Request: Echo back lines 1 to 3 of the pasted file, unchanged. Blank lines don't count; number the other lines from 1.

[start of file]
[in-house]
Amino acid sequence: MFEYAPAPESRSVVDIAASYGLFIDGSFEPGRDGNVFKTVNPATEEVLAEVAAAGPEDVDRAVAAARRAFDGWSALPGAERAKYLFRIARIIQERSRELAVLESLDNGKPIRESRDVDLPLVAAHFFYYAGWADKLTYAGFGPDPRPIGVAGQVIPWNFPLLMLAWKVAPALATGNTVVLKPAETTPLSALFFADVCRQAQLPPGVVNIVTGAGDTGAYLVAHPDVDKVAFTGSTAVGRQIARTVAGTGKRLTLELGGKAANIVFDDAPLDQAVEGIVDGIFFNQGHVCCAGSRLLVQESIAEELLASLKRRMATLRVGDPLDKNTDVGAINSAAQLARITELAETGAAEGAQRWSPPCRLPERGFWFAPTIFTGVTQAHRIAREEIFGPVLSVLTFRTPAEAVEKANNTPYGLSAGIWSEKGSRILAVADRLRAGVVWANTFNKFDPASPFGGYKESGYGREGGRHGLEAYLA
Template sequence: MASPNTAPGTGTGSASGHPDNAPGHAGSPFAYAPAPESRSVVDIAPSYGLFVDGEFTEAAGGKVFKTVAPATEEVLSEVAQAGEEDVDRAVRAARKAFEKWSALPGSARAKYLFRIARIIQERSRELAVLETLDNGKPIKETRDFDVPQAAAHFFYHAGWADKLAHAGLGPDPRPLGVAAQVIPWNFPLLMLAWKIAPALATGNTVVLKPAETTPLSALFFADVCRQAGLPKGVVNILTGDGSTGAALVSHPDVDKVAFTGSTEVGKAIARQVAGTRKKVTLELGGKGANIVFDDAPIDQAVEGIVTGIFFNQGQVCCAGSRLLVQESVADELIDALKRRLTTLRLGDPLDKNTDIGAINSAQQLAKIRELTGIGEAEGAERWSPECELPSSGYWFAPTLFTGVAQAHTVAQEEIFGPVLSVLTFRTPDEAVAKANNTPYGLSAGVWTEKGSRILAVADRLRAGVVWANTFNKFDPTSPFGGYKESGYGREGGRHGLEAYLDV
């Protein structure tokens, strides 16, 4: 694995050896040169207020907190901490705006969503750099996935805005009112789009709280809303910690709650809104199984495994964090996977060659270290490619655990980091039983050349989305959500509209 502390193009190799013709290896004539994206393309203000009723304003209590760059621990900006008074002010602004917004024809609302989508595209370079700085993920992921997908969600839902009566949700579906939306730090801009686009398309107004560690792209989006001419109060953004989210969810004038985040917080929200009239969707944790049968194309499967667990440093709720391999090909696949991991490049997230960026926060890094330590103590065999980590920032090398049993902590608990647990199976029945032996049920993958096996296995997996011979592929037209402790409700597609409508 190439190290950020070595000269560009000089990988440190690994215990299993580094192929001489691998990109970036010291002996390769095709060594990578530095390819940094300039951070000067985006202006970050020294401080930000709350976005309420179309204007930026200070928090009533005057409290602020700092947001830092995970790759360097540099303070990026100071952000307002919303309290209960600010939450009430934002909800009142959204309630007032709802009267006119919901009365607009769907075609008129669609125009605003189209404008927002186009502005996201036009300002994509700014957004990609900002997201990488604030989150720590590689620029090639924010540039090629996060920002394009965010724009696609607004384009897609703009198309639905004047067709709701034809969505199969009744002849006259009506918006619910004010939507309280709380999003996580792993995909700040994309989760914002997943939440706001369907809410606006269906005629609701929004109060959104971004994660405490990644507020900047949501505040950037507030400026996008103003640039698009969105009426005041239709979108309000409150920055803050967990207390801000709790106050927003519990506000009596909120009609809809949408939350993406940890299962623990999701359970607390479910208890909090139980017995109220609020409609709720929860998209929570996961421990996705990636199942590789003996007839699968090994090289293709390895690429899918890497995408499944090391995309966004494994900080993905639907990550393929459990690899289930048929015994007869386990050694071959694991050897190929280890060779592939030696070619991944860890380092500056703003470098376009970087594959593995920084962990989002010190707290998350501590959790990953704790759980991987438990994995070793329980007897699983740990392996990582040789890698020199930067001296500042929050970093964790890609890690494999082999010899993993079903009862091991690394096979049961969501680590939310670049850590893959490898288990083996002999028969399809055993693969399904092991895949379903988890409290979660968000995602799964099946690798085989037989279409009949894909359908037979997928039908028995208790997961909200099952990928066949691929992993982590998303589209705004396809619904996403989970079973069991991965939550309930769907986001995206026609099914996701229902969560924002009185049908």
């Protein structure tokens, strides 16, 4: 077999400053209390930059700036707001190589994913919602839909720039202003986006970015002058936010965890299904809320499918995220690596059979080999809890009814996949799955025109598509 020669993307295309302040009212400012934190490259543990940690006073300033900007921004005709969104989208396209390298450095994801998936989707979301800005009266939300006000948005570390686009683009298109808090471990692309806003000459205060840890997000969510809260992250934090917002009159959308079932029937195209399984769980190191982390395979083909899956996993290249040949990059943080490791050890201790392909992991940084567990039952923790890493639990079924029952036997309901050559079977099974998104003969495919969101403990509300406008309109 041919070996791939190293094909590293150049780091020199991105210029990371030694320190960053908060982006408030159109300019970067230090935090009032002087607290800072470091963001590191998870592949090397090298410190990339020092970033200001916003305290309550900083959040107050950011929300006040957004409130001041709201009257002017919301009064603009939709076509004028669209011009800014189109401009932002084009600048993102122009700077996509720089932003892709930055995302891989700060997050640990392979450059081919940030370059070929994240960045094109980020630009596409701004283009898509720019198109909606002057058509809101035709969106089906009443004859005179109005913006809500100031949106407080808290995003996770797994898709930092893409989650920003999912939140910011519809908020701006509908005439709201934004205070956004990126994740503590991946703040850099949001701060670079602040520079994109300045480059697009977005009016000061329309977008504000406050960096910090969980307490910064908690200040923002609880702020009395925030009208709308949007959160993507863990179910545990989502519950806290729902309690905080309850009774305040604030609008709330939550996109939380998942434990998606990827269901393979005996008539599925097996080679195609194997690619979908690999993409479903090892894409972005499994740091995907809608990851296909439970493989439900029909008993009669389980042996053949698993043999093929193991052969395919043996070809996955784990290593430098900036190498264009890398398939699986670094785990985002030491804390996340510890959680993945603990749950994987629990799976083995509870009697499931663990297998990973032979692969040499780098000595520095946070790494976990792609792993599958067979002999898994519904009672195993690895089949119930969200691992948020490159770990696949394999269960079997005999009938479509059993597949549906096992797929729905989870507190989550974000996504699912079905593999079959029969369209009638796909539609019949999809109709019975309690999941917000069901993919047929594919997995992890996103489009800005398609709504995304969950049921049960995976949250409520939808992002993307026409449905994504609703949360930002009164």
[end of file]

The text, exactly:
[in-house]
Amino acid sequence: MFEYAPAPESRSVVDIAASYGLFIDGSFEPGRDGNVFKTVNPATEEVLAEVAAAGPEDVDRAVAAARRAFDGWSALPGAERAKYLFRIARIIQERSRELAVLESLDNGKPIRESRDVDLPLVAAHFFYYAGWADKLTYAGFGPDPRPIGVAGQVIPWNFPLLMLAWKVAPALATGNTVVLKPAETTPLSALFFADVCRQAQLPPGVVNIVTGAGDTGAYLVAHPDVDKVAFTGSTAVGRQIARTVAGTGKRLTLELGGKAANIVFDDAPLDQAVEGIVDGIFFNQGHVCCAGSRLLVQESIAEELLASLKRRMATLRVGDPLDKNTDVGAINSAAQLARITELAETGAAEGAQRWSPPCRLPERGFWFAPTIFTGVTQAHRIAREEIFGPVLSVLTFRTPAEAVEKANNTPYGLSAGIWSEKGSRILAVADRLRAGVVWANTFNKFDPASPFGGYKESGYGREGGRHGLEAYLA
Template sequence: MASPNTAPGTGTGSASGHPDNAPGHAGSPFAYAPAPESRSVVDIAPSYGLFVDGEFTEAAGGKVFKTVAPATEEVLSEVAQAGEEDVDRAVRAARKAFEKWSALPGSARAKYLFRIARIIQERSRELAVLETLDNGKPIKETRDFDVPQAAAHFFYHAGWADKLAHAGLGPDPRPLGVAAQVIPWNFPLLMLAWKIAPALATGNTVVLKPAETTPLSALFFADVCRQAGLPKGVVNILTGDGSTGAALVSHPDVDKVAFTGSTEVGKAIARQVAGTRKKVTLELGGKGANIVFDDAPIDQAVEGIVTGIFFNQGQVCCAGSRLLVQESVADELIDALKRRLTTLRLGDPLDKNTDIGAINSAQQLAKIRELTGIGEAEGAERWSPECELPSSGYWFAPTLFTGVAQAHTVAQEEIFGPVLSVLTFRTPDEAVAKANNTPYGLSAGVWTEKGSRILAVADRLRAGVVWANTFNKFDPTSPFGGYKESGYGREGGRHGLEAYLDV